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Governor's Offices Up for Vote in New Jersey, Virginia

By Heather Perkins, CSG Membership Data Manager
Although 2009 isn’t a busy year for statewide elections, there is no shortage of important contests next month.
Voters in New Jersey and Virginia will head to the polls Nov. 3 to elect both executive and legislative officials. In addition, more than half a dozen others will be filling state legislative and supreme court vacancies that have arisen over the year. Also, the U.S. territory of the Northern Mariana Islands will hold its general election Nov. 7, and voters will elect both executive and legislative officers.
The outcome of the executive races this year could narrow the gap between the number of Democratic and Republican governors across the country. Democrats currently hold a 28 to 22 advantage in governor’s offices, and New Jersey and Virginia are among them. But the Republican candidates in both these gubernatorial races are leading in the polls. That means the Democratic advantage in governor’s offices could shrink to 26 to 24 following the Nov. 3 election.
This election cycle marks a first for the state of New Jersey, as residents there will elect a lieutenant governor for the first time in the state’s history. In 2005, voters approved an amendment to the New Jersey Constitution that created the position of lieutenant governor. Before, the senate president served as the next in the line of succession. Voters will elect a governor and lieutenant governor on a ticket, like in half the states.
Democratic incumbent Gov. Jon Corzine is running for re-election alongside running mate state Sen. Loretta Weinberg. Corzine will face Republican Chris Christie, a former U.S. Attorney for the District of New Jersey, and his running mate, Monmouth County Sheriff Kim Guadagno.
While there are 10 third party candidates on the ballot, Independent Chris Daggett and running mate Frank J. Esposito are the closest to the major candidates in the polls. Daggett, a former commissioner of the New Jersey Department of Environmental Protection, recently received the endorsement of The Star-Ledger of Newark.
An Oct. 15 Rasmussen Reports poll shows Christie leading Corzine 45 percent to 41 percent. Daggett is polling at 9 percent, while 5 percent of those polled are undecided.
In Virginia, Democratic state Sen. Creigh Deeds and former Republican Attorney General Bob McDonnell are candidates for governor. An Oct. 13 Rasmussen Reports poll showed McDonnell with a seven point lead on Deeds, 50 percent to 43 percent, with 6 percent undecided.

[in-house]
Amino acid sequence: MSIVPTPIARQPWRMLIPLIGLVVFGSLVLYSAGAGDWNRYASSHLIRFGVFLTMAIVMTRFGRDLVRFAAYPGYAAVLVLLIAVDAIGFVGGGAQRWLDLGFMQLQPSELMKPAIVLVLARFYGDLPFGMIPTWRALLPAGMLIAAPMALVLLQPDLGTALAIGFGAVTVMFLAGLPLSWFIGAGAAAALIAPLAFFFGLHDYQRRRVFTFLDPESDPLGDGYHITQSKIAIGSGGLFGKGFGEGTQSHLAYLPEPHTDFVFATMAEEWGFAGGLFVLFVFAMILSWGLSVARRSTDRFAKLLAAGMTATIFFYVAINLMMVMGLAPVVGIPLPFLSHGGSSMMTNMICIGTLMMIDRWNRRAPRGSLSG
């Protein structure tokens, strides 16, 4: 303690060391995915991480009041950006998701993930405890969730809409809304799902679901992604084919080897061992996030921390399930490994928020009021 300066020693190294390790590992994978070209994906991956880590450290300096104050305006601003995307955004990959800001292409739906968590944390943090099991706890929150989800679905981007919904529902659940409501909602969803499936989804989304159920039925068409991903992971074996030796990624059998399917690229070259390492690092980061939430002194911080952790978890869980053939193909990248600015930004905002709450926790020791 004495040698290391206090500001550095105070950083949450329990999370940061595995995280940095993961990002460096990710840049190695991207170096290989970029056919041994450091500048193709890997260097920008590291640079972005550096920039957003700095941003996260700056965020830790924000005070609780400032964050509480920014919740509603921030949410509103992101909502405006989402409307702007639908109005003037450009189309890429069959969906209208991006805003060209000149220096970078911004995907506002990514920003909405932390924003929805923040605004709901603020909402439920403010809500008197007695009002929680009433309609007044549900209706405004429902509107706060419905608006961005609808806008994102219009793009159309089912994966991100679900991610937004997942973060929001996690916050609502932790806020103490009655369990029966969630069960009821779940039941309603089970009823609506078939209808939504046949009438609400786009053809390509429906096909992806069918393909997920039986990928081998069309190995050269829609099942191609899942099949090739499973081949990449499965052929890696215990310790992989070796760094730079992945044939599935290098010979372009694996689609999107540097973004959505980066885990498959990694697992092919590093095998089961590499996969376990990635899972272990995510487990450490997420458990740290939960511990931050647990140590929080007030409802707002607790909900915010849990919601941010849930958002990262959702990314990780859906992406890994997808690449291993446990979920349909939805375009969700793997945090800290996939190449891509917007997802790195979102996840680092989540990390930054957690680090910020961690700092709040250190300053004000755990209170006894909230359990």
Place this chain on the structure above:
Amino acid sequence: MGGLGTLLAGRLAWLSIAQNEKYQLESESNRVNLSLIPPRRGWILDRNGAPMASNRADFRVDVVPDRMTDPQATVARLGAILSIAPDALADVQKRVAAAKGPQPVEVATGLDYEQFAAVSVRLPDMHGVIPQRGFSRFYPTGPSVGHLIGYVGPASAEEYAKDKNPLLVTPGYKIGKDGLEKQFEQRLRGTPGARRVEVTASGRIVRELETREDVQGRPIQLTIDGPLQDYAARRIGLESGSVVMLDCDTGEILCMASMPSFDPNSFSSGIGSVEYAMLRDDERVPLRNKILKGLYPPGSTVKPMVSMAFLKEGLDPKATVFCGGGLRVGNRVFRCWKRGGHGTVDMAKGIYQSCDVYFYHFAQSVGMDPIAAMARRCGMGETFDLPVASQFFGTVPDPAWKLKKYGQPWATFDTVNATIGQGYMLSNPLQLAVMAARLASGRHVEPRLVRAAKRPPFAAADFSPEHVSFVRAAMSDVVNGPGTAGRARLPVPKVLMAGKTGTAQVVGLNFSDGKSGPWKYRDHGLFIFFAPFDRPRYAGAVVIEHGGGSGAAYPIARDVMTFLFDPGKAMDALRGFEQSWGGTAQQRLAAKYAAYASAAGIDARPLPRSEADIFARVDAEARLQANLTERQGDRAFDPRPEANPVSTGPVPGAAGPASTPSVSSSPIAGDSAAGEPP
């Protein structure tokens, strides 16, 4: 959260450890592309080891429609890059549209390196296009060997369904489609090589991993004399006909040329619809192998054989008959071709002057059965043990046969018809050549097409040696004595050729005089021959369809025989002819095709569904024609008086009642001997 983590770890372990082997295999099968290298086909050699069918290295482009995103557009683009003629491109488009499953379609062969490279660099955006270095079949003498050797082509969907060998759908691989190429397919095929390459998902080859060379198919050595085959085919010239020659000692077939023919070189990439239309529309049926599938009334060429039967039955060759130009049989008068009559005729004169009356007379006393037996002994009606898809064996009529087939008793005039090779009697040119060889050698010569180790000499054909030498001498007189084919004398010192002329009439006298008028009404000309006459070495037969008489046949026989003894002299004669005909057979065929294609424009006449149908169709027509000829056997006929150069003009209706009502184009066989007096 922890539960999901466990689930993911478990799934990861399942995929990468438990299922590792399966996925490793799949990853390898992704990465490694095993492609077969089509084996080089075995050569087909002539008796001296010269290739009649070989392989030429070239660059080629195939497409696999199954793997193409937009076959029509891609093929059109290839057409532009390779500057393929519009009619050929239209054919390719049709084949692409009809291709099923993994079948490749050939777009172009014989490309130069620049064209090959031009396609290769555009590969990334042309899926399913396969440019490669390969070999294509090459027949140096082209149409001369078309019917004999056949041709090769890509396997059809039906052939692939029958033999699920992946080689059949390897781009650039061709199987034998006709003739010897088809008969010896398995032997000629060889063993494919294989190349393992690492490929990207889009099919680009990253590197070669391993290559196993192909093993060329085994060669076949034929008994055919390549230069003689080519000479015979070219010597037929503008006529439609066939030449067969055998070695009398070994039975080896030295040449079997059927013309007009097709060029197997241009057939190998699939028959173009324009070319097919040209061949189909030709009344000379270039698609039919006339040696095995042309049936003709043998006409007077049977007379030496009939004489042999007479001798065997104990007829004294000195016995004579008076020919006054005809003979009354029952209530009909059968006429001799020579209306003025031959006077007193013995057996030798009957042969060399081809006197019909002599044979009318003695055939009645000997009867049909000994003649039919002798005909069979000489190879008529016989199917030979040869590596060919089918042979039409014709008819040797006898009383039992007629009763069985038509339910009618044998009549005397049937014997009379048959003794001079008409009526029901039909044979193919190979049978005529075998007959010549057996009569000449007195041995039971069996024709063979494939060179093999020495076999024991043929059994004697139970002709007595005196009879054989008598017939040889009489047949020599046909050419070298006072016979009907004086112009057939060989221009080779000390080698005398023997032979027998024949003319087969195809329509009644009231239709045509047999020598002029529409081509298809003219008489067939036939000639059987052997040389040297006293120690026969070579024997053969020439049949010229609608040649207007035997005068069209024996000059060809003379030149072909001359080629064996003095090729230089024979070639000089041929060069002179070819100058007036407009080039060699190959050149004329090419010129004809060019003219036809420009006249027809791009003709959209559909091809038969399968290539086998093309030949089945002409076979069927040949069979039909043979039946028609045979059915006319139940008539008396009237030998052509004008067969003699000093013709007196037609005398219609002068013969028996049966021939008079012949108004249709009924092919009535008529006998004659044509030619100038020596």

Unlike New Jersey, Virginia’s lieutenant governor candidates run separately from the gubernatorial candidates. Republican Lt. Gov. Bill Bolling is seeking re-election; he’ll face a challenge from former state Secretary of Finance Jody Wagner.
Virginia voters will also choose a new attorney general in November. State Sen. Ken Cuccinelli, a Republican, will square off against Democratic state Del. Steve Shannon for the seat.
In the Northern Mariana Islands, Gov. Benigno Fitial of the Covenant Party is seeking re-election alongside his running mate, Lt. Gov. Eloy Inos. The incumbents are up against the Republican ticket of Heinz Hofschneider and Arnold Palacios, both currently members of the House. Hofschneider is a former speaker, while Palacios is the current speaker. Two independent tickets—Ramos DeLeon Guerrero and his running mate David Borja, and Juan Guerrero and his running mate Joseph Camacho—are also on the ballot.
State legislative seats up for election in 2009 include all members of the New Jersey General Assembly, Virginia House of Delegates and the Northern Mariana Islands Senate and House. Two New Jersey Senate seats are on the ballot to fill vacancies.
The makeup of the legislatures in the two states most likely will not change. In the New Jersey General Assembly, the Democrats currently hold a 48 to 31 seat majority, with one vacancy. Incumbents are seeking re-election in 71 of the 80 races on the ballot. In Virginia, where the Republicans hold a 53 to 43 seat lead—with two Independents and two vacancies—81 of the 100 seats on the ballot will have incumbents running for re-election.
In addition to these states with scheduled elections in 2009, a handful of other states will hold special general elections in certain districts to fill vacant legislative seats. Voters in Alabama, Georgia, Michigan, Missouri, New Hampshire, Rhode Island and Washington will cast ballots Nov. 3 to fill vacant senate and house seats. Pennsylvania will hold a special election to fill a supreme court vacancy.

 

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